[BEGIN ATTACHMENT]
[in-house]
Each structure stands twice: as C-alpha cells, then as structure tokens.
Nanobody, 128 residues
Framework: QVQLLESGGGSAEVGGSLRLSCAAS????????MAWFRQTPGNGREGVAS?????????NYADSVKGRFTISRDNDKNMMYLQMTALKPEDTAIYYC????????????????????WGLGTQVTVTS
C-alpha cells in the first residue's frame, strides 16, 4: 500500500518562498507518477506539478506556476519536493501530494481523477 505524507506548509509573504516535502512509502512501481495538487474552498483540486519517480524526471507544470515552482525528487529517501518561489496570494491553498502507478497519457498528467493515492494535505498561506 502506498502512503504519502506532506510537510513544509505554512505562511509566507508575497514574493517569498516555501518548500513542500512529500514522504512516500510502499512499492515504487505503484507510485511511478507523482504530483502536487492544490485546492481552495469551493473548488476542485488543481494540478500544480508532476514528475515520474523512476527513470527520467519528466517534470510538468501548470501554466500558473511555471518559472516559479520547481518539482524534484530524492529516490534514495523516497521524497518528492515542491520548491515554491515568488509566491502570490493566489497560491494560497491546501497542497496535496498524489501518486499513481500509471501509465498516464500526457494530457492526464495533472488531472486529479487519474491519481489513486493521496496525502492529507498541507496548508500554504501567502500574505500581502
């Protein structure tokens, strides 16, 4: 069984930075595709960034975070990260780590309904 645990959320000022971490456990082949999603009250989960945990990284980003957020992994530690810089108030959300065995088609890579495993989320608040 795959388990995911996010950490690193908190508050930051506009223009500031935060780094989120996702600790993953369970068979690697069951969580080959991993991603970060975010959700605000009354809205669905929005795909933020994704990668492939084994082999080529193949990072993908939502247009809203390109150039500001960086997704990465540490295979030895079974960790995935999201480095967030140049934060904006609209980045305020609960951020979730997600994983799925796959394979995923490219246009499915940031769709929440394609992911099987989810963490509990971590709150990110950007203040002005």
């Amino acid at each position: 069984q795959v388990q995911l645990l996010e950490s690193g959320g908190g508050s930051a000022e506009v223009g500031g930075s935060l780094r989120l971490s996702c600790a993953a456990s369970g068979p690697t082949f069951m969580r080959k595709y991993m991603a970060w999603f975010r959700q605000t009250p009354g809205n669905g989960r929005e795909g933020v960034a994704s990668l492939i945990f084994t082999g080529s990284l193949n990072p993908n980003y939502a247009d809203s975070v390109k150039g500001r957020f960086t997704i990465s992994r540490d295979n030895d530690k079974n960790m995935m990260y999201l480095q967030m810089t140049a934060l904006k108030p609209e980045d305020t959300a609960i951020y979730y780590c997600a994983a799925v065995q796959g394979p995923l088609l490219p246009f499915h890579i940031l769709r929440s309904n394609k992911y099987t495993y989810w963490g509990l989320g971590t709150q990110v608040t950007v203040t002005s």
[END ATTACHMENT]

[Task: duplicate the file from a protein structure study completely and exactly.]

[in-house]
Each structure stands twice: as C-alpha cells, then as structure tokens.
Nanobody, 128 residues
Framework: QVQLLESGGGSAEVGGSLRLSCAAS????????MAWFRQTPGNGREGVAS?????????NYADSVKGRFTISRDNDKNMMYLQMTALKPEDTAIYYC????????????????????WGLGTQVTVTS
C-alpha cells in the first residue's frame, strides 16, 4: 500500500518562498507518477506539478506556476519536493501530494481523477 505524507506548509509573504516535502512509502512501481495538487474552498483540486519517480524526471507544470515552482525528487529517501518561489496570494491553498502507478497519457498528467493515492494535505498561506 502506498502512503504519502506532506510537510513544509505554512505562511509566507508575497514574493517569498516555501518548500513542500512529500514522504512516500510502499512499492515504487505503484507510485511511478507523482504530483502536487492544490485546492481552495469551493473548488476542485488543481494540478500544480508532476514528475515520474523512476527513470527520467519528466517534470510538468501548470501554466500558473511555471518559472516559479520547481518539482524534484530524492529516490534514495523516497521524497518528492515542491520548491515554491515568488509566491502570490493566489497560491494560497491546501497542497496535496498524489501518486499513481500509471501509465498516464500526457494530457492526464495533472488531472486529479487519474491519481489513486493521496496525502492529507498541507496548508500554504501567502500574505500581502
């Protein structure tokens, strides 16, 4: 069984930075595709960034975070990260780590309904 645990959320000022971490456990082949999603009250989960945990990284980003957020992994530690810089108030959300065995088609890579495993989320608040 795959388990995911996010950490690193908190508050930051506009223009500031935060780094989120996702600790993953369970068979690697069951969580080959991993991603970060975010959700605000009354809205669905929005795909933020994704990668492939084994082999080529193949990072993908939502247009809203390109150039500001960086997704990465540490295979030895079974960790995935999201480095967030140049934060904006609209980045305020609960951020979730997600994983799925796959394979995923490219246009499915940031769709929440394609992911099987989810963490509990971590709150990110950007203040002005």
């Amino acid at each position: 069984q795959v388990q995911l645990l996010e950490s690193g959320g908190g508050s930051a000022e506009v223009g500031g930075s935060l780094r989120l971490s996702c600790a993953a456990s369970g068979p690697t082949f069951m969580r080959k595709y991993m991603a970060w999603f975010r959700q605000t009250p009354g809205n669905g989960r929005e795909g933020v960034a994704s990668l492939i945990f084994t082999g080529s990284l193949n990072p993908n980003y939502a247009d809203s975070v390109k150039g500001r957020f960086t997704i990465s992994r540490d295979n030895d530690k079974n960790m995935m990260y999201l480095q967030m810089t140049a934060l904006k108030p609209e980045d305020t959300a609960i951020y979730y780590c997600a994983a799925v065995q796959g394979p995923l088609l490219p246009f499915h890579i940031l769709r929440s309904n394609k992911y099987t495993y989810w963490g509990l989320g971590t709150q990110v608040t950007v203040t002005s």